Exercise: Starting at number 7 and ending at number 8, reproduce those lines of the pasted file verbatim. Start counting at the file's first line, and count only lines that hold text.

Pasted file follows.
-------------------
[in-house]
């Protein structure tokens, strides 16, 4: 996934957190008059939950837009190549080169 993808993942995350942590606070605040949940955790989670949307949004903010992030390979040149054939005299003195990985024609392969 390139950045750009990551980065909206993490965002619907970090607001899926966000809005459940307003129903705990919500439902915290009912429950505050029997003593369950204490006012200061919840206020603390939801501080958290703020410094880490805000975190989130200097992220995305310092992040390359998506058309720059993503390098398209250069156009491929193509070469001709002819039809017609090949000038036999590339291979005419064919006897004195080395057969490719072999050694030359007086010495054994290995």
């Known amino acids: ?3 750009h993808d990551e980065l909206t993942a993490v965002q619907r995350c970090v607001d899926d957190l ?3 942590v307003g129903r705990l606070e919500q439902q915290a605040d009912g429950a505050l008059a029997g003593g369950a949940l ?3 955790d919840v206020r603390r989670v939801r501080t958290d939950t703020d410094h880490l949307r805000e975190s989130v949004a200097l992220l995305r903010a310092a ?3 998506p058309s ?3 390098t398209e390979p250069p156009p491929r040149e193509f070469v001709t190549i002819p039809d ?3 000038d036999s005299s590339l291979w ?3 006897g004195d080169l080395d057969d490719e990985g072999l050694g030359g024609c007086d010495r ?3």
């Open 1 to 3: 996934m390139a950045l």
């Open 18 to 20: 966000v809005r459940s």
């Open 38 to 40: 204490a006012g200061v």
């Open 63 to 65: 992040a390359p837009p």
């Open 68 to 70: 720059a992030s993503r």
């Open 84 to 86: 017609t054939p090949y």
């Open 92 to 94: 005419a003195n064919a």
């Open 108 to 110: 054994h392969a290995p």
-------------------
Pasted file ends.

């Open 63 to 65: 992040a390359p837009p």
């Open 68 to 70: 720059a992030s993503r």